Google plans to let Mandiant be Mandiant
Google may be the new owner of Mandiant, but it has no plans to swallow up the incident response firm's products or brand in its own offerings, a top Google security executive tells Axios.
Driving the news: Google unveiled a suite of new cloud security products today at its Google Cloud Next conference that incorporate Mandiant's incident response tools — marking the first preview of what a Google-run Mandiant will look like.
Catch up quick: Google announced its roughly $5.4 billion bid in March to purchase Mandiant, the cyber incident response firm known for first detecting the SolarWinds cyber espionage campaign in which Russian hackers breached at least nine federal agencies.
- Mandiant, which spun out of FireEye in 2021, had reportedly been in talks with Microsoft before sealing the deal with Google earlier this year.
- Mandiant CEO Kevin Mandia told reporters the deal with Google will allow his company to better help customers no matter whose security tools they use since Google's team investigates threats across product types.
The big picture: Mandiant will live on as a separate brand inside of its new parent company, Google Cloud CISO Phil Venables told Axios ahead of today's announcements. Mandia will continue as CEO, reporting to Google Cloud CEO Thomas Kurian.
- Mandiant customers will not be required to become Google customers, Venables said, although he hopes they will willingly become Google Cloud customers over time.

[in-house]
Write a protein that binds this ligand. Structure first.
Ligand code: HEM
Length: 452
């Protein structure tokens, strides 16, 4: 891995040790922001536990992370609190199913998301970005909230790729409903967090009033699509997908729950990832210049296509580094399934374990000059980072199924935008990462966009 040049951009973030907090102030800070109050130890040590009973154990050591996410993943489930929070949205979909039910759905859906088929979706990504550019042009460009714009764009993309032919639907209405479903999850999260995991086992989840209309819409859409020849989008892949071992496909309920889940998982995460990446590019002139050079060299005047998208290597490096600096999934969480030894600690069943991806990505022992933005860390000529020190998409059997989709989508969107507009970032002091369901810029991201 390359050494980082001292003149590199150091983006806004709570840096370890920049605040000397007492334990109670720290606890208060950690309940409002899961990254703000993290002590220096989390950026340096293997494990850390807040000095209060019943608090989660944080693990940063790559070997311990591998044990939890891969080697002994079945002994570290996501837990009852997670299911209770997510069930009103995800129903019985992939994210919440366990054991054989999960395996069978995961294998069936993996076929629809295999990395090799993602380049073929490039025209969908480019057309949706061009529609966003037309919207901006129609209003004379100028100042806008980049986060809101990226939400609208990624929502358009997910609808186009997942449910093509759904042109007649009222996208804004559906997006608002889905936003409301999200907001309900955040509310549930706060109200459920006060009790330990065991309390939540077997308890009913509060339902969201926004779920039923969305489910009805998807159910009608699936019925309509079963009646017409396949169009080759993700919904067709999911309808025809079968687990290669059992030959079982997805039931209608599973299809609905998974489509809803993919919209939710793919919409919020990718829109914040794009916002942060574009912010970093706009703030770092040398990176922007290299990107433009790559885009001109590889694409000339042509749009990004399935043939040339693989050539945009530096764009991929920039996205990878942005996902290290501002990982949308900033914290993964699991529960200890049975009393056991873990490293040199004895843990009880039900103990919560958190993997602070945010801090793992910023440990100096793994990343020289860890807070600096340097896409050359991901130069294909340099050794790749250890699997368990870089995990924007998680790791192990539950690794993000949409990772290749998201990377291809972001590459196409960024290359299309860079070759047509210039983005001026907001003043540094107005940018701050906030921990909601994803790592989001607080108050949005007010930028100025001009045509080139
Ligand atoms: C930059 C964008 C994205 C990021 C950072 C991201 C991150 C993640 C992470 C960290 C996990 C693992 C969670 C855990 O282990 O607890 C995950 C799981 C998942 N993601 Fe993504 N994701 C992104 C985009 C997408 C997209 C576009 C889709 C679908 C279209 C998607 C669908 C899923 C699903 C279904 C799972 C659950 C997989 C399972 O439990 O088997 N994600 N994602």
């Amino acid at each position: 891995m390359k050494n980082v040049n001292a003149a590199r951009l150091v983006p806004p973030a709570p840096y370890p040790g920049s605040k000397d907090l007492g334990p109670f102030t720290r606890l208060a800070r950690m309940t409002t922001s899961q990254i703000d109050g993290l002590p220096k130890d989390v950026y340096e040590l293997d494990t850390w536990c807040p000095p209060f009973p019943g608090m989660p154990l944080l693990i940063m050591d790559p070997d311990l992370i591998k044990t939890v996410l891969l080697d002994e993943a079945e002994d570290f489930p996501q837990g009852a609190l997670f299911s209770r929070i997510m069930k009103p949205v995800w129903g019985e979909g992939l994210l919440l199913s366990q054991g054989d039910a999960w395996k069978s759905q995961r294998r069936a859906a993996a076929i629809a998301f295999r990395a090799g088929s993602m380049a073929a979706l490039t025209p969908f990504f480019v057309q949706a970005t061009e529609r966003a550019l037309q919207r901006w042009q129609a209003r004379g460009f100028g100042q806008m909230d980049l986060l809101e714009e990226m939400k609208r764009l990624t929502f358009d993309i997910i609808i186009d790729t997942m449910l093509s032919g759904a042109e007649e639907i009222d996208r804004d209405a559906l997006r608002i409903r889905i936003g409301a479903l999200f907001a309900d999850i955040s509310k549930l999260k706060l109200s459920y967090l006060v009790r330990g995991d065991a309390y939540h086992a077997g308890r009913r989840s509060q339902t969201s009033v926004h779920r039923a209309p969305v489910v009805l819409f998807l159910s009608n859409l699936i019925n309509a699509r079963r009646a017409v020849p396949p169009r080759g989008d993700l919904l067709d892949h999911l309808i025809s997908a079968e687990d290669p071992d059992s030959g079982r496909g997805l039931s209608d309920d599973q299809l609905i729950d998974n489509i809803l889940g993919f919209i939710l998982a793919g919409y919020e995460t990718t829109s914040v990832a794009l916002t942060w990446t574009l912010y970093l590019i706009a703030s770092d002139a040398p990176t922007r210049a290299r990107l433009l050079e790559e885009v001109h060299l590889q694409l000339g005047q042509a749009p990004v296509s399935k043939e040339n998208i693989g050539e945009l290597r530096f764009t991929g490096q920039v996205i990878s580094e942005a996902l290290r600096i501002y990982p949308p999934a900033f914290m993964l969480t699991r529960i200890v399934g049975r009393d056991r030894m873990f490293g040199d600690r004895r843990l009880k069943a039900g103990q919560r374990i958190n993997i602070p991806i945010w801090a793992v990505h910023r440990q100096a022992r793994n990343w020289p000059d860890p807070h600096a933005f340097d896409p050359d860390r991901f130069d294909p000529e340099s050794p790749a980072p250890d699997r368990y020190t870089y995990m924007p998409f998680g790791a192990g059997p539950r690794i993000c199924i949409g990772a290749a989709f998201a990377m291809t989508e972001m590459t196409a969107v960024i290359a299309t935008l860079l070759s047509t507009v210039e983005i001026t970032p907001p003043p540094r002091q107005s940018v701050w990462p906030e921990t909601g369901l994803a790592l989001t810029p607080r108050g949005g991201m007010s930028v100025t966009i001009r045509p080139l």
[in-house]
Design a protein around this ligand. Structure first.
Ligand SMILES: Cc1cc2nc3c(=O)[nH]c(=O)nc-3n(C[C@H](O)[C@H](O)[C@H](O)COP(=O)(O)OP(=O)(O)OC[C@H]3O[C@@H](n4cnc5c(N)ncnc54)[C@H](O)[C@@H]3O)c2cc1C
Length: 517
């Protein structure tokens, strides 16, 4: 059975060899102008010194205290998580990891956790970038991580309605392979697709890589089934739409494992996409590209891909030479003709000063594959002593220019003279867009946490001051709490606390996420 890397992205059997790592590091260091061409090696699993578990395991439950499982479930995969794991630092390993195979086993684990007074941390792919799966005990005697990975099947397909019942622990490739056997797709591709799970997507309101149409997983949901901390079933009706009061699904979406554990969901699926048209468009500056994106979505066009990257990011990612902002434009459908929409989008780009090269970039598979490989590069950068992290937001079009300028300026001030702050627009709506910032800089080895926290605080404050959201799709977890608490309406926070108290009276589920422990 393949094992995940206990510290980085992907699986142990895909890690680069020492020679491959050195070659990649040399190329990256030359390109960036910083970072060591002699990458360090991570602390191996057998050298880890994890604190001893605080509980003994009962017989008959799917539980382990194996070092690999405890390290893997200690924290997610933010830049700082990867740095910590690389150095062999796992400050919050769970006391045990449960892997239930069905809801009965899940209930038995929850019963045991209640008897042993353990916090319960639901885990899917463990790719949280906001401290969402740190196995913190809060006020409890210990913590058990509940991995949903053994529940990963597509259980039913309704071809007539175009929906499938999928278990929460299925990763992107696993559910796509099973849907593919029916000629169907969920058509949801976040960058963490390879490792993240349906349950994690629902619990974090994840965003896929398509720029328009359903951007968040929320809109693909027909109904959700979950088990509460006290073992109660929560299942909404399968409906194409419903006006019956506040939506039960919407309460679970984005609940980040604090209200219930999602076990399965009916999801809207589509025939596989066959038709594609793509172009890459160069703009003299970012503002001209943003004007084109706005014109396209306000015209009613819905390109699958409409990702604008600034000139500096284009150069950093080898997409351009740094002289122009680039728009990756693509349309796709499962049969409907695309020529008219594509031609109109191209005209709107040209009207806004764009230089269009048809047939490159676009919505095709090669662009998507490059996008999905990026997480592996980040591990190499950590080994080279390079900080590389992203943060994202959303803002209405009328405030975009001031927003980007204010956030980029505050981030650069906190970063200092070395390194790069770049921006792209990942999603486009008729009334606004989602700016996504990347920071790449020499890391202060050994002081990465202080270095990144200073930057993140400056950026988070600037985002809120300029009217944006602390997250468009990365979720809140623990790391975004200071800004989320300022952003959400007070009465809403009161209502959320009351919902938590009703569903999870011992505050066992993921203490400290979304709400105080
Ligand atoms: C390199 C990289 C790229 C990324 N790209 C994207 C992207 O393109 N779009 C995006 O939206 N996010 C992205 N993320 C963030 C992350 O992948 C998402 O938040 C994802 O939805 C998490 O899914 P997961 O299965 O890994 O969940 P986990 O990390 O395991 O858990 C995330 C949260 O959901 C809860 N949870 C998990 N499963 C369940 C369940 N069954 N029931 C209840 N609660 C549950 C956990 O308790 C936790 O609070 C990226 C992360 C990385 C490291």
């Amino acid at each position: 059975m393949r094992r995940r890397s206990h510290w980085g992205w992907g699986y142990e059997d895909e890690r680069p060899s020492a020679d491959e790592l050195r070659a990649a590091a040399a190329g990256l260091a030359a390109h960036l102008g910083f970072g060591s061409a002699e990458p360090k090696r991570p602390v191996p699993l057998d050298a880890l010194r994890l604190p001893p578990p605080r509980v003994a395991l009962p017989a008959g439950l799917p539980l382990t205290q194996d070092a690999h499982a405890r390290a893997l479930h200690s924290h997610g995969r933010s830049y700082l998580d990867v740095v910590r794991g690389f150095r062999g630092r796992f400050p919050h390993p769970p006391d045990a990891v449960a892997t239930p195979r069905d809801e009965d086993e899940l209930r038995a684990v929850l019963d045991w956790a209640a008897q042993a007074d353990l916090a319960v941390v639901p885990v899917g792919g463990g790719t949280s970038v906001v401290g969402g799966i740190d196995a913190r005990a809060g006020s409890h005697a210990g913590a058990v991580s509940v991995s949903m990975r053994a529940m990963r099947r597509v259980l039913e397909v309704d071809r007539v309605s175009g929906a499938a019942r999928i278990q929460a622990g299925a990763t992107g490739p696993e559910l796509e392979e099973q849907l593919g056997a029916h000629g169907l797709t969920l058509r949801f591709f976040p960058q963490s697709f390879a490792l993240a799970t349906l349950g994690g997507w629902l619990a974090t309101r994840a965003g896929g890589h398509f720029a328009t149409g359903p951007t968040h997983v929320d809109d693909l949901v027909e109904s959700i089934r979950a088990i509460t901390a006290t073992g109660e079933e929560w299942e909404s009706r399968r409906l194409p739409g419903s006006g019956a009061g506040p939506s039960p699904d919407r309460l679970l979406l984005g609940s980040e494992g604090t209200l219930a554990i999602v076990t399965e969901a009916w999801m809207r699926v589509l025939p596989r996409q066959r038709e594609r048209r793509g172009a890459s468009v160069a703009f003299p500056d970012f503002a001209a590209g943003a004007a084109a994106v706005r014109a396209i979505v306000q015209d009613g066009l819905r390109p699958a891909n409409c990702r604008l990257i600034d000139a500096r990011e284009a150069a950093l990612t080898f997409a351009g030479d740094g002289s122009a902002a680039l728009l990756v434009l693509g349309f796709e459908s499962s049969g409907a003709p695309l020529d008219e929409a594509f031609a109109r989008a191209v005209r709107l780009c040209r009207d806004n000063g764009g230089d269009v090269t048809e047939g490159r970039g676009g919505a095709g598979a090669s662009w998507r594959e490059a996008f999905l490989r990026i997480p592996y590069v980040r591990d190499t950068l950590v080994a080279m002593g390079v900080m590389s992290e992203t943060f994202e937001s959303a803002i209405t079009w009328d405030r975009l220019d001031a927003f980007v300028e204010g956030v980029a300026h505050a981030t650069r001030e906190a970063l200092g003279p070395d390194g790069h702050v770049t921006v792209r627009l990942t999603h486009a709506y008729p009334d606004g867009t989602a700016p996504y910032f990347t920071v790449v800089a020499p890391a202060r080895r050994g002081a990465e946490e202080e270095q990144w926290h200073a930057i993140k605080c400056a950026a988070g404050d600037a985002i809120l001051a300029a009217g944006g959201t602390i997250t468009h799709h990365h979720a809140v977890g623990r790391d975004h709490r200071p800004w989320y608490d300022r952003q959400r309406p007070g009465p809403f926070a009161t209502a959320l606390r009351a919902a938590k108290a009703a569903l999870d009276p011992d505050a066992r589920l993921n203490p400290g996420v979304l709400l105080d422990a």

- Mandiant will not share with Google any proprietary information that it comes across while helping a company recover from ransomware, nation-state cyberattacks or other cybersecurity incidents, Venables said.
Details: Google has a dual-pronged strategy with Mandiant. On one side, Mandiant is continuing to offer its own standalone incident response products. On the other, more Google Cloud security products will embed Mandiant's incident response tools.
- One of the new products Google Cloud announced today, Chronicle Security Operations, will bundle several products into one hub, including incident response and threat intelligence products from Mandiant; security automation tools from security firm Siemplify, which Google also recently acquired; and Google's existing Chronicle event management tools.
Between the lines: Google, much like other Big Tech companies, has a reputation for acquiring competitors before they become big themselves. But Venables said this deal will instead create more competition in the cybersecurity space.
- "There's a little bit of a sigh of relief that there is going to be some competition to the other company that typically serves government," Venables said of Washington's reaction to the deal. (Microsoft's office productivity software has 85% of the government market, per the Computer & Communications Industry Association.)
What's next: Employees on Google's existing security teams and Mandiant have already started collaborating on threat intelligence research, which Venables hopes translates into stronger Google products down the line.
- "It's not this kind of little acquisition," Venables said. "It's this big part of our ongoing security transformation in terms of building a much bigger security business."
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